[hharte] has been working to make these old payphones useful again with some custom hardware and software. The project intends to be an interface between a payphone and an Asterisk PBX system. On the hardware side, the controller board is capable of switching various high voltage signals required for coin-line signaling. The controller uses a Teensy microcontroller to detect the hook status as well as to control the relays. The current firmware features are very basic, but functional.
[hharte] also wrote a custom AGI script for Asterisk. This script allows Asterisk to detect the 1700hz and 2200hz tones transmitted when coins are placed into the machine. The script is also in an early stage, but it will prompt for money and then place the call once 25 cents has been deposited. All of the schematics and code can be found on the project’s github page.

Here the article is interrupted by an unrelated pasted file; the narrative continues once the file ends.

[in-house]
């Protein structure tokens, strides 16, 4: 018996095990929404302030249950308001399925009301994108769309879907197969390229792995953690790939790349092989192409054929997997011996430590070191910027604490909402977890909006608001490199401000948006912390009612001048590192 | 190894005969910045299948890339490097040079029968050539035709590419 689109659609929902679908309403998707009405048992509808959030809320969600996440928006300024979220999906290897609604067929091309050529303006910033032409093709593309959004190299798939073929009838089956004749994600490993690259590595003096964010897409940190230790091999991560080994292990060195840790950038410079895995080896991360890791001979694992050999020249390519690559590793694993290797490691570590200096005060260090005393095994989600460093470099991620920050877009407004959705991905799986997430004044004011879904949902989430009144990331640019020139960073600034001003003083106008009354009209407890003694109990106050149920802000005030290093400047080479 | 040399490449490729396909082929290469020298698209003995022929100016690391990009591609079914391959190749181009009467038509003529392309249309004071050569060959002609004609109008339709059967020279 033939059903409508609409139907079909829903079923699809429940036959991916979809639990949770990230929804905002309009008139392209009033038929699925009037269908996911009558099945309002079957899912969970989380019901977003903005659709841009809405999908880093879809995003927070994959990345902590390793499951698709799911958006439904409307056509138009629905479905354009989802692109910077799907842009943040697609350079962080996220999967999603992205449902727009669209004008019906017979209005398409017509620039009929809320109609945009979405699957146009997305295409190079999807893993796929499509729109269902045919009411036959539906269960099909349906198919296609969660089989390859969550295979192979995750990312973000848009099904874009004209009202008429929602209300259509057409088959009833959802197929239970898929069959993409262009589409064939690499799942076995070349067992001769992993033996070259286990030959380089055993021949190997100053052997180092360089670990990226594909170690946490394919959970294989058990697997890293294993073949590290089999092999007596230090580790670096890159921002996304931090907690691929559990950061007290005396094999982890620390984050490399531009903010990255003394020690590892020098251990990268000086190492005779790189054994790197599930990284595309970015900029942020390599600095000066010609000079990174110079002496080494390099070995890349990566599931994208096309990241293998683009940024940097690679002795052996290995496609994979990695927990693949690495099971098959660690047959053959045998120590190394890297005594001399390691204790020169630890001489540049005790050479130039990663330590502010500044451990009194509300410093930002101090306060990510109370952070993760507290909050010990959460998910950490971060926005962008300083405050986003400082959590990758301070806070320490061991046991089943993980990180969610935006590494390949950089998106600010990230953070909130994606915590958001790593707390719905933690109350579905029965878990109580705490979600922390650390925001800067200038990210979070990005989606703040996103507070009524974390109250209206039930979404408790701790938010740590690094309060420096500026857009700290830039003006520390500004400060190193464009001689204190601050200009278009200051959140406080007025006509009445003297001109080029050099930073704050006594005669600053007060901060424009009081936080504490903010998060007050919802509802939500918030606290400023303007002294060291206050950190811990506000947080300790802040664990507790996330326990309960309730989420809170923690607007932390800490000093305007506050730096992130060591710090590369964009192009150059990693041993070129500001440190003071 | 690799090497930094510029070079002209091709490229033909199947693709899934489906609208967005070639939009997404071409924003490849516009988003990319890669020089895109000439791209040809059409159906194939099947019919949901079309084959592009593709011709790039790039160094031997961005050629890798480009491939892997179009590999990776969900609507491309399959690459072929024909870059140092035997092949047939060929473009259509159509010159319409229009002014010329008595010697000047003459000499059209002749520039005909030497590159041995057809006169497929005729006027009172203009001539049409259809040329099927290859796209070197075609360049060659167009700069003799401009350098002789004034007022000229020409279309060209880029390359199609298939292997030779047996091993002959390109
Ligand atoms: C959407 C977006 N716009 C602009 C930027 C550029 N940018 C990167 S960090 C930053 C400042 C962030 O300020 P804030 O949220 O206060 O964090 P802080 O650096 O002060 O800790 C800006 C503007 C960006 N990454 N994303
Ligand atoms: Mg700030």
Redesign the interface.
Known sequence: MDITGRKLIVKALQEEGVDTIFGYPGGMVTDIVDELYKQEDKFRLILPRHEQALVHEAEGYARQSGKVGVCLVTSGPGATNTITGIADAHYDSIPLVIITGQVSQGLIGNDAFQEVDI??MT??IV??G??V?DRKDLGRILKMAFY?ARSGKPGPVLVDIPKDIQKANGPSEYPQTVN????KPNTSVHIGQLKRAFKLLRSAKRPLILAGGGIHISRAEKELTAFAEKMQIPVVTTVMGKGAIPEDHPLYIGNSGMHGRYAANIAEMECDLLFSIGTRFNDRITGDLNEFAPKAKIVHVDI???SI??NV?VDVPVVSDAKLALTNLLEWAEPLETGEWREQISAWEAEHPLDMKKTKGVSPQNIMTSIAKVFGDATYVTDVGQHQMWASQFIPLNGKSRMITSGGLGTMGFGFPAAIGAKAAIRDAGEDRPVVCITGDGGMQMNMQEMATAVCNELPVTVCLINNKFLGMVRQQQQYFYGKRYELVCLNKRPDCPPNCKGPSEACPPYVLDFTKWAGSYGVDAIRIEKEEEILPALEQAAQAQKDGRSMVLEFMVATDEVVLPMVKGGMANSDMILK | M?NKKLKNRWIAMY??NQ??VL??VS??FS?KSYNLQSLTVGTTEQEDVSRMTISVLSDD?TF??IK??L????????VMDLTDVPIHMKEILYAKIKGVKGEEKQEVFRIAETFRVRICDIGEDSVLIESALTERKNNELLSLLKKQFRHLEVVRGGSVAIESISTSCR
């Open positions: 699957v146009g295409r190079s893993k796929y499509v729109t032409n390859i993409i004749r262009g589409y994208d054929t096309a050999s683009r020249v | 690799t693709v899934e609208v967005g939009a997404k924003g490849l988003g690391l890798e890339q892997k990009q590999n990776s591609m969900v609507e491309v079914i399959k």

The final random drawing for Hackaday’s Trinket Everyday Carry Contest was held tonight, and the winner is [flaming_goat] with Trinket Pocket IR Analyser/Transmitter!
In addition to having an awesome username, [flaming_goat] loves IR protocols. Trinket Pocket IR Analyser/Transmitter is a standalone device to read, analyze and transmit Infrared (IR) signals. The IR portion of the project is handled by a Vishay TSOP38238 (PDF link) The 382 series is a 3 pin module. It comes in several variants, each tuned to a specific carrier frequency. The 38238 will decode IR signals at 38 kHz.
The demodulated IR signals are fed into the Pro Trinket, where they can be analyzed. Data is either sent through the serial terminal or displayed on the on-board 1.44″ TFT LCD. Source code for the whole project is up on [flaming_goat’s] GitHub repo.